From my cold weather commuting experiences, I carry a bottle between my insulating layers so I always have a bottle availablethat is liquid. It really only works if your outer layer has a drawstring or elastic, or you’re wearing a bag with a waist strap.

  5. A very nice write-up on the challenges of cold weather. No matter how far one makes it, just to show up is pretty awesome.

  6. You could have a look at separate sleeves. Ready made ones could be found in the form of hand warmers in hunting stores. Swedish brand Fjällräven makes one for example: http://www.fjallraven.com/varmland-hand-warmer. Now, this is meant to be used in front of your body to put both hands in to keep them warm. Using them for your forearms, you would need 2 of them.
    I can imagine a drawstring could inhibit blood flow at these temperatures. Therefore I would suggest an A-string, like gloves/mitts for infants (sometimes) use. (See http://www.njfamily.com/How-to-Keep-Kids-From-Losing-Mittens-Gloves/ under A String to see what I mean.) Perhaps with a cordlock in the neck to be able to adjust the height of the top of the arm warmers.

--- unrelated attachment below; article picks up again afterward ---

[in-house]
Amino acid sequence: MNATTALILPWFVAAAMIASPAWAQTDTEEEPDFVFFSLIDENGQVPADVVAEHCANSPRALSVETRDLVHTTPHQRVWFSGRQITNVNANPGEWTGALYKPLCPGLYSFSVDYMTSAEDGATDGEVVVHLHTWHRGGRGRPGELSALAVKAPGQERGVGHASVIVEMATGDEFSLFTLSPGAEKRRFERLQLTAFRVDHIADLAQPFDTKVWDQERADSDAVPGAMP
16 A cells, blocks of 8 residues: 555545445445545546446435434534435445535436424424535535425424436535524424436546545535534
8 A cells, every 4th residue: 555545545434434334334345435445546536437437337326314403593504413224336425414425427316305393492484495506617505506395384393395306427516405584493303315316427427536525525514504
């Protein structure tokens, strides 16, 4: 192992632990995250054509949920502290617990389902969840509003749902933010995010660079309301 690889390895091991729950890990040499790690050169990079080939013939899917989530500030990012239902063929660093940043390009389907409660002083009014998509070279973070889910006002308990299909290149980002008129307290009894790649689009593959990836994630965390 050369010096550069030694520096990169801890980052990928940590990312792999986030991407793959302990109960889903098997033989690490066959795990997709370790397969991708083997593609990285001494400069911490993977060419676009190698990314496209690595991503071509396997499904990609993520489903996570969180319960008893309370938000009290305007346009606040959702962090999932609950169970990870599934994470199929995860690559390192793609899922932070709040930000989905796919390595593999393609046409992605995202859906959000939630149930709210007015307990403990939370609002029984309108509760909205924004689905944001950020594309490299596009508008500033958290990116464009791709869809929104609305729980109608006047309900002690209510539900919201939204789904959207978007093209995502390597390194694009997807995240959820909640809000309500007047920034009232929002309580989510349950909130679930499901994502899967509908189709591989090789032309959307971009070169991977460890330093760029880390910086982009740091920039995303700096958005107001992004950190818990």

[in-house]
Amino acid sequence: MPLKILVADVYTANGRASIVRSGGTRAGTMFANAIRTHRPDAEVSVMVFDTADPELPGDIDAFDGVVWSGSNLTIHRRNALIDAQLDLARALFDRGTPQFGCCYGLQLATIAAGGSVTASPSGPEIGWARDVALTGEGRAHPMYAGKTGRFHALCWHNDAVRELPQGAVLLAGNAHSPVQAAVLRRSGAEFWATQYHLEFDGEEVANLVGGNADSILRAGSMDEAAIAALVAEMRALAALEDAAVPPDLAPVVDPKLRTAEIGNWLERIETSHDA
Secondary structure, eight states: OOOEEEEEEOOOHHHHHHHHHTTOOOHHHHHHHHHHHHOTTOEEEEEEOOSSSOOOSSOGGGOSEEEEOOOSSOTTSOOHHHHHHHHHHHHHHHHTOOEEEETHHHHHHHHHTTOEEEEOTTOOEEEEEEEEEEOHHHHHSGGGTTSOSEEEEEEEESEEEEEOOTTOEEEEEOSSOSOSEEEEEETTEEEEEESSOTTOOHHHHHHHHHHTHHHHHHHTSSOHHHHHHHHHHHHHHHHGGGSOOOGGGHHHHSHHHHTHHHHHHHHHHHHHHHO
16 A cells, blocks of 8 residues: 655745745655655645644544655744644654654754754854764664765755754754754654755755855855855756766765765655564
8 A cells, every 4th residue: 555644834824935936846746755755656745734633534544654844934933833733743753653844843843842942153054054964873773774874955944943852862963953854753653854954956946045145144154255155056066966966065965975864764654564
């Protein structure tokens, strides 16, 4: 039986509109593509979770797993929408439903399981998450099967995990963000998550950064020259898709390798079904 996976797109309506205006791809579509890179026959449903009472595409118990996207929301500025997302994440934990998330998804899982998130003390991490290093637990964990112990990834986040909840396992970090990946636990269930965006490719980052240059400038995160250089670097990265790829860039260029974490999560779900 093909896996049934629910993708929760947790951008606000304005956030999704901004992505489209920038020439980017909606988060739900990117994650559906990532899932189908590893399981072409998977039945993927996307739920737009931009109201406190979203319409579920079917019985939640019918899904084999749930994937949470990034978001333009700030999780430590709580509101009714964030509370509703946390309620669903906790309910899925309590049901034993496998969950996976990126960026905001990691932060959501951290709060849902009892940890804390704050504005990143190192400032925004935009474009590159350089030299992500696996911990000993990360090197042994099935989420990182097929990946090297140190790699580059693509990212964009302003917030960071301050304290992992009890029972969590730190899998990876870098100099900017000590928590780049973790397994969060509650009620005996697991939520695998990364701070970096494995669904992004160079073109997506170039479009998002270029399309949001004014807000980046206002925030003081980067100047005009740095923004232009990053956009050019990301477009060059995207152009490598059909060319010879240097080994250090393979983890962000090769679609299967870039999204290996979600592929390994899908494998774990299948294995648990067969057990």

These ready-made arm warmers are quite expensive. I can imagine that if you’re handy (or know someone who is), you could make some yourself. For example Extremtextil from Germany sells 34 different fleece fabrics: http://www.extremtextil.de/catalog/Fabrics/Fleece:::21_65.html, including a 300-weight version: http://www.extremtextil.de/catalog/300series-Fleece-MM-SPECIAL-PRICE::3149.html. I’m quite sure you could find the same in the US of A. 😉

  7. La fringale

    Lots of respect for you racing guys. I occasionally ride at -30/-40 C in my neck of the woods for 2 to 3 hours max, and it is enough! Can’t even imagine doing 200 clicks, or worse something like the ITI, with a loaded bike! You guys and ladies rock.

    • Yeah, me neither. I’m the same as you – three hours in those temperatures is more than enough – so to ride 200 miles sounds rather nightmarish, er “challenging”.